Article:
For more stories of people with rare diseases, see the videos here.

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FDA and Rare Diseases

FDA is in a unique position to help those who suffer from rare diseases. The agency’s rare disease initiatives include the following:

  • FDA’s Office of Orphan Products Development gives grants to further the development of drugs, biologics (such as vaccines or blood products), medical devices, and medical foods for the treatment of rare diseases. (Medical foods are specially made and processed foods, used under a health care professional’s supervision, to meet a patient’s distinctive nutritional requirements.)
  • FDA plays an important role in granting orphan designations and marketing approvals for drugs, biologics, and medical devices to treat rare diseases. Designating a potential product as “orphan” encourages companies to develop that product by giving them financial and other incentives. 
  • FDA’s Office of New Drugs within the Center for Drug Evaluation and Research established the Rare Diseases Program to assist and support the research, development, regulation, and approval of drug and biologic products for the treatment of rare disorders.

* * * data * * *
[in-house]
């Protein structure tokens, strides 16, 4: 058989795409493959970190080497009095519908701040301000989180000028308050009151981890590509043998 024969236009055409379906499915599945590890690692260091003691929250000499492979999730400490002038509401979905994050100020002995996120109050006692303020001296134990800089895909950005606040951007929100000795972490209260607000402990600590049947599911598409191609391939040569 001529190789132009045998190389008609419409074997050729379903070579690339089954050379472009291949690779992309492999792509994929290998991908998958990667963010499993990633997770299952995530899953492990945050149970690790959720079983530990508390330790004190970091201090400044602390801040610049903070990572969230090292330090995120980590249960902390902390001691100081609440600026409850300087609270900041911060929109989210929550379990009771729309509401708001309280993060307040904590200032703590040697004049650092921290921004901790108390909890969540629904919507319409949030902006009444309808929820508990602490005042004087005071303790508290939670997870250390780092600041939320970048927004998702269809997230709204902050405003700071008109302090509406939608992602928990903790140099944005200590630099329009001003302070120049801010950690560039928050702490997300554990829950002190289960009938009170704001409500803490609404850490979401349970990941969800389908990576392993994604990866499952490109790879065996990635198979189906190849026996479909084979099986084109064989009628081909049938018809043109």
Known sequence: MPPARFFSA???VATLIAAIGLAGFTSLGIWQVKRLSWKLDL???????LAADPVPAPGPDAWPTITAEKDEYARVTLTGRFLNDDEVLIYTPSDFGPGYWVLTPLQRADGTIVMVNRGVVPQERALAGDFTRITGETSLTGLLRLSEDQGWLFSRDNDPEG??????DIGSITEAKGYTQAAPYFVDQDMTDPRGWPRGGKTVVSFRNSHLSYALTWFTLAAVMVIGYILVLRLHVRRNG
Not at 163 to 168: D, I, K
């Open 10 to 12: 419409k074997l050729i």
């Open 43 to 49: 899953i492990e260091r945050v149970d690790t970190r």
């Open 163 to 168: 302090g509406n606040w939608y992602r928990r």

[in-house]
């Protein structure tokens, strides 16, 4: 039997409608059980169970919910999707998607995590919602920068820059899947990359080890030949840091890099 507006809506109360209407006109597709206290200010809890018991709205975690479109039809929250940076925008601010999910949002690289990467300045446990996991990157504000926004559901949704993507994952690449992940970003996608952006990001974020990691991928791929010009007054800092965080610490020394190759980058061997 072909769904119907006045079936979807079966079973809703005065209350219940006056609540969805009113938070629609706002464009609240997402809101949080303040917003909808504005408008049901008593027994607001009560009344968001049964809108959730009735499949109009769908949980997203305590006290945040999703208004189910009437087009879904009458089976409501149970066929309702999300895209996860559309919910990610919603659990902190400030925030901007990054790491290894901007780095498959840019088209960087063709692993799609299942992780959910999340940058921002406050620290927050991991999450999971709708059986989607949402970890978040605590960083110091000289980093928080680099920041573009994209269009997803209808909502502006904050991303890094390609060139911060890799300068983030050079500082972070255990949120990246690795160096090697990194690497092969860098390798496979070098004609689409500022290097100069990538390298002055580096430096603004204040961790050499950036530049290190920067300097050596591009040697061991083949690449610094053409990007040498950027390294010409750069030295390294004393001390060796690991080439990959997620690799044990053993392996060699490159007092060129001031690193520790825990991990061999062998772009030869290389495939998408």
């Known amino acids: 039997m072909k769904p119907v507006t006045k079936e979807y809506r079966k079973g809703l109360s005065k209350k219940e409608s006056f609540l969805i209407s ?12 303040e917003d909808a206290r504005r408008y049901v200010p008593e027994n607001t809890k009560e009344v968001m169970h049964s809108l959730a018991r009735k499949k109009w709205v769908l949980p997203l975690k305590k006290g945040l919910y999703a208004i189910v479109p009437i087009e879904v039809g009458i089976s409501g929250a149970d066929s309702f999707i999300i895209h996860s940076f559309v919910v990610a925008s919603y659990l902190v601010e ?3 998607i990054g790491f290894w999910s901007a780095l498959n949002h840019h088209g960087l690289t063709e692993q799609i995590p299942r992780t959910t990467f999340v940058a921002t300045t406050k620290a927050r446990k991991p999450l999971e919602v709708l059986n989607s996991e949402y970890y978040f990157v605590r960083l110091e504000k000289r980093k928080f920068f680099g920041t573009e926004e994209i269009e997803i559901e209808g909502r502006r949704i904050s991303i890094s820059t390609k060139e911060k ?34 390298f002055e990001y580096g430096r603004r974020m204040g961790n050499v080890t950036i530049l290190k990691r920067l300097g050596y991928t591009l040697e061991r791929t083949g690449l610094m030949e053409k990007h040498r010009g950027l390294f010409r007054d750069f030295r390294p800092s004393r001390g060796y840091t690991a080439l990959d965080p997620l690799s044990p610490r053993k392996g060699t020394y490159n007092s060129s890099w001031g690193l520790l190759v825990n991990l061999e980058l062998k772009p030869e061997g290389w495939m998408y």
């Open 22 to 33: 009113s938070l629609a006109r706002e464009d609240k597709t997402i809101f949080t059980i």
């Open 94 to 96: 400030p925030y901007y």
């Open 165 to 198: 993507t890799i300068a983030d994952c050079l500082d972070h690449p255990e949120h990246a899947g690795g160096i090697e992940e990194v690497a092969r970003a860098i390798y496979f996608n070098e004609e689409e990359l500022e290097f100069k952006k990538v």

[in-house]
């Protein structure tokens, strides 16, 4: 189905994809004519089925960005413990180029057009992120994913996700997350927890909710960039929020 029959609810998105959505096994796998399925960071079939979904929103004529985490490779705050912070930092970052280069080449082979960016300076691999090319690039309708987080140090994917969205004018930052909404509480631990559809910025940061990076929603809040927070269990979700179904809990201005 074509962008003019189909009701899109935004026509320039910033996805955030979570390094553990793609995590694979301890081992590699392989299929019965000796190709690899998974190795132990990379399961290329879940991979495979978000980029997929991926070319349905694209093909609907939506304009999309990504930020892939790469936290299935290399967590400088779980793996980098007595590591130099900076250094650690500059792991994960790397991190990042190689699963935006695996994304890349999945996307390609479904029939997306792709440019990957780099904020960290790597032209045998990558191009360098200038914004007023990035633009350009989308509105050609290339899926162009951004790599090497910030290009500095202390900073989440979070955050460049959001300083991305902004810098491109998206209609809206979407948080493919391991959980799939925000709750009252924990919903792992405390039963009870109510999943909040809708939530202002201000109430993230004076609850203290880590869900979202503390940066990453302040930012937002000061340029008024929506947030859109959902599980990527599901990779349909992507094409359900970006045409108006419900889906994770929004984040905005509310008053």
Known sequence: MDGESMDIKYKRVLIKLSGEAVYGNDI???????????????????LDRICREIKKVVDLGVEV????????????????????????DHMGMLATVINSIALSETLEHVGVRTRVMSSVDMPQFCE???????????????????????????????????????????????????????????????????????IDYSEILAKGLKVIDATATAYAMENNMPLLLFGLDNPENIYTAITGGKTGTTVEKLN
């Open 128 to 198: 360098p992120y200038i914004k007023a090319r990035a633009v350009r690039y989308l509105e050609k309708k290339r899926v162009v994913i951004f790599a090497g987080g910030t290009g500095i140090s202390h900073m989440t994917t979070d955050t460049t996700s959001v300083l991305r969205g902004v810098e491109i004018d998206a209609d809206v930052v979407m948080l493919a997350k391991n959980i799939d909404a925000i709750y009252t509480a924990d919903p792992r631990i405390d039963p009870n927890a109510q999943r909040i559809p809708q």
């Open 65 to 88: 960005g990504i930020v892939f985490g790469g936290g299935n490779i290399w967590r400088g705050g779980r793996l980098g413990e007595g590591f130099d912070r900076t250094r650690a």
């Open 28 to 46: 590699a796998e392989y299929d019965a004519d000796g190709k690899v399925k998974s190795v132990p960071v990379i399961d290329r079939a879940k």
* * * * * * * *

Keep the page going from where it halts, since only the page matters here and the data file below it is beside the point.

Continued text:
• As countries combine their efforts to spotlight “Rare Diseases and Health Inequalities,” FDA continues to collaborate with international regulatory agencies to address unmet medical needs of patients with rare diseases globally. FDA’s Office of Orphan Products Development and the European Medicines Agency (EMA) work together regularly and have a common application for orphan product designation. (See EMA activities for Rare Disease Day at
  • FDA advocates for rare disease awareness and treatments through work with patients and patient organizations.

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U.S. Activities

The National Organization for Rare Disorders is sponsoring Rare Disease Day activities across the country. To find out what’s going on in your area, visit Rare Disease Day USA (

In the Washington, D.C., area, the National Institutes of Health (NIH) and FDA’s Office of Orphan Products Development are participating in a day-long celebration and recognition of the various rare diseases research activities at NIH’s Lipsett Amphitheater. For an agenda of the day’s activities, click here. Activities begin at 8:30 a.m. and conclude at 5:15 p.m.

Attendance at the NIH event is free and open to the public, but advance registration is encouraged. Visitors should check the NIH Visitors and Security Web page for instructions and allow plenty of time to pass through security. In support of the Global Genes Project—a rare disease support-building and fundraising campaign—all attendees are encouraged to wear their favorite pair of jeans.

Sign language interpreters will be provided. People with disabilities who need reasonable accommodation to participate may contact Kimberly Potter at 301-251-4962 or the Federal TTY Relay number at 1-800-877-8339.

This article appears on FDA's Consumer Updates page, which features the latest on all FDA-regulated products.

Posted: February 24, 2011